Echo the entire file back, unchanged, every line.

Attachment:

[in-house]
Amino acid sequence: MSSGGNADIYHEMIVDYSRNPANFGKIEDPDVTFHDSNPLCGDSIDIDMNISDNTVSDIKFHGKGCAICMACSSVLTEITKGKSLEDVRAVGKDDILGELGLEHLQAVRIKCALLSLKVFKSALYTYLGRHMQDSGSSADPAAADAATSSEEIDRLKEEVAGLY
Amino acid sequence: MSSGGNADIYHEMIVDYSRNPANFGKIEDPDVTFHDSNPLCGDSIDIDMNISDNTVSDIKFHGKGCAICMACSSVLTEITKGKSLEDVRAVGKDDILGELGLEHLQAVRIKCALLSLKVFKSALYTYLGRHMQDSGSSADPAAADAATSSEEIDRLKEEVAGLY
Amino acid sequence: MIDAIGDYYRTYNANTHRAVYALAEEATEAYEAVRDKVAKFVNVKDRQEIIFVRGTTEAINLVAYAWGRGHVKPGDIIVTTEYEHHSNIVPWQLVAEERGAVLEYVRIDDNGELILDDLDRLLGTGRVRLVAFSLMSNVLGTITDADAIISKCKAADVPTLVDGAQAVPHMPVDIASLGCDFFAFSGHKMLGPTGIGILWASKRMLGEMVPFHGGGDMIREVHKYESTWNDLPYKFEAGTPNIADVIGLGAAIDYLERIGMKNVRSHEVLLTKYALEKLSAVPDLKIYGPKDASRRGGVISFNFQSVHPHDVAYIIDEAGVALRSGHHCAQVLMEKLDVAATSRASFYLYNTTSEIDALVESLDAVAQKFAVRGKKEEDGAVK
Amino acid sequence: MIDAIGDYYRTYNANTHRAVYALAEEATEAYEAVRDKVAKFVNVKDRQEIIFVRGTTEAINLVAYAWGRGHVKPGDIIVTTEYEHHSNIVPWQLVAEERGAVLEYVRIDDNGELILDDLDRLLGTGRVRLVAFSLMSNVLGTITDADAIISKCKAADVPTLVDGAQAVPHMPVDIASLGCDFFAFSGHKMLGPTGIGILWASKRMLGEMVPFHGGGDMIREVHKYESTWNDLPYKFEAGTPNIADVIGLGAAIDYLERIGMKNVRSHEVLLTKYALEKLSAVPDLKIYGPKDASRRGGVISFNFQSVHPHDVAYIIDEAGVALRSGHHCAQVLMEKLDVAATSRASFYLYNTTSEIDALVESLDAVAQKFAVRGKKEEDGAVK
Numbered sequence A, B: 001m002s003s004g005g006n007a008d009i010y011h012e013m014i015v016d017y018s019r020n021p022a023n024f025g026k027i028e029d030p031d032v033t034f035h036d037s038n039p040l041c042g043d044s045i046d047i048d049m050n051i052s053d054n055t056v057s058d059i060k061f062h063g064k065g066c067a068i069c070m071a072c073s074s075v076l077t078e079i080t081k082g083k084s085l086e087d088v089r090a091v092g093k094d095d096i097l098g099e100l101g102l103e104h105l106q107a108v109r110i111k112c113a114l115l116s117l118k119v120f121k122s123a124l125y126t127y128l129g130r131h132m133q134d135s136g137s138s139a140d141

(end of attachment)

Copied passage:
[in-house]
Amino acid sequence: MSSGGNADIYHEMIVDYSRNPANFGKIEDPDVTFHDSNPLCGDSIDIDMNISDNTVSDIKFHGKGCAICMACSSVLTEITKGKSLEDVRAVGKDDILGELGLEHLQAVRIKCALLSLKVFKSALYTYLGRHMQDSGSSADPAAADAATSSEEIDRLKEEVAGLY
Amino acid sequence: MSSGGNADIYHEMIVDYSRNPANFGKIEDPDVTFHDSNPLCGDSIDIDMNISDNTVSDIKFHGKGCAICMACSSVLTEITKGKSLEDVRAVGKDDILGELGLEHLQAVRIKCALLSLKVFKSALYTYLGRHMQDSGSSADPAAADAATSSEEIDRLKEEVAGLY
Amino acid sequence: MIDAIGDYYRTYNANTHRAVYALAEEATEAYEAVRDKVAKFVNVKDRQEIIFVRGTTEAINLVAYAWGRGHVKPGDIIVTTEYEHHSNIVPWQLVAEERGAVLEYVRIDDNGELILDDLDRLLGTGRVRLVAFSLMSNVLGTITDADAIISKCKAADVPTLVDGAQAVPHMPVDIASLGCDFFAFSGHKMLGPTGIGILWASKRMLGEMVPFHGGGDMIREVHKYESTWNDLPYKFEAGTPNIADVIGLGAAIDYLERIGMKNVRSHEVLLTKYALEKLSAVPDLKIYGPKDASRRGGVISFNFQSVHPHDVAYIIDEAGVALRSGHHCAQVLMEKLDVAATSRASFYLYNTTSEIDALVESLDAVAQKFAVRGKKEEDGAVK
Amino acid sequence: MIDAIGDYYRTYNANTHRAVYALAEEATEAYEAVRDKVAKFVNVKDRQEIIFVRGTTEAINLVAYAWGRGHVKPGDIIVTTEYEHHSNIVPWQLVAEERGAVLEYVRIDDNGELILDDLDRLLGTGRVRLVAFSLMSNVLGTITDADAIISKCKAADVPTLVDGAQAVPHMPVDIASLGCDFFAFSGHKMLGPTGIGILWASKRMLGEMVPFHGGGDMIREVHKYESTWNDLPYKFEAGTPNIADVIGLGAAIDYLERIGMKNVRSHEVLLTKYALEKLSAVPDLKIYGPKDASRRGGVISFNFQSVHPHDVAYIIDEAGVALRSGHHCAQVLMEKLDVAATSRASFYLYNTTSEIDALVESLDAVAQKFAVRGKKEEDGAVK
Numbered sequence A, B: 001m002s003s004g005g006n007a008d009i010y011h012e013m014i015v016d017y018s019r020n021p022a023n024f025g026k027i028e029d030p031d032v033t034f035h036d037s038n039p040l041c042g043d044s045i046d047i048d049m050n051i052s053d054n055t056v057s058d059i060k061f062h063g064k065g066c067a068i069c070m071a072c073s074s075v076l077t078e079i080t081k082g083k084s085l086e087d088v089r090a091v092g093k094d095d096i097l098g099e100l101g102l103e104h105l106q107a108v109r110i111k112c113a114l115l116s117l118k119v120f121k122s123a124l125y126t127y128l129g130r131h132m133q134d135s136g137s138s139a140d141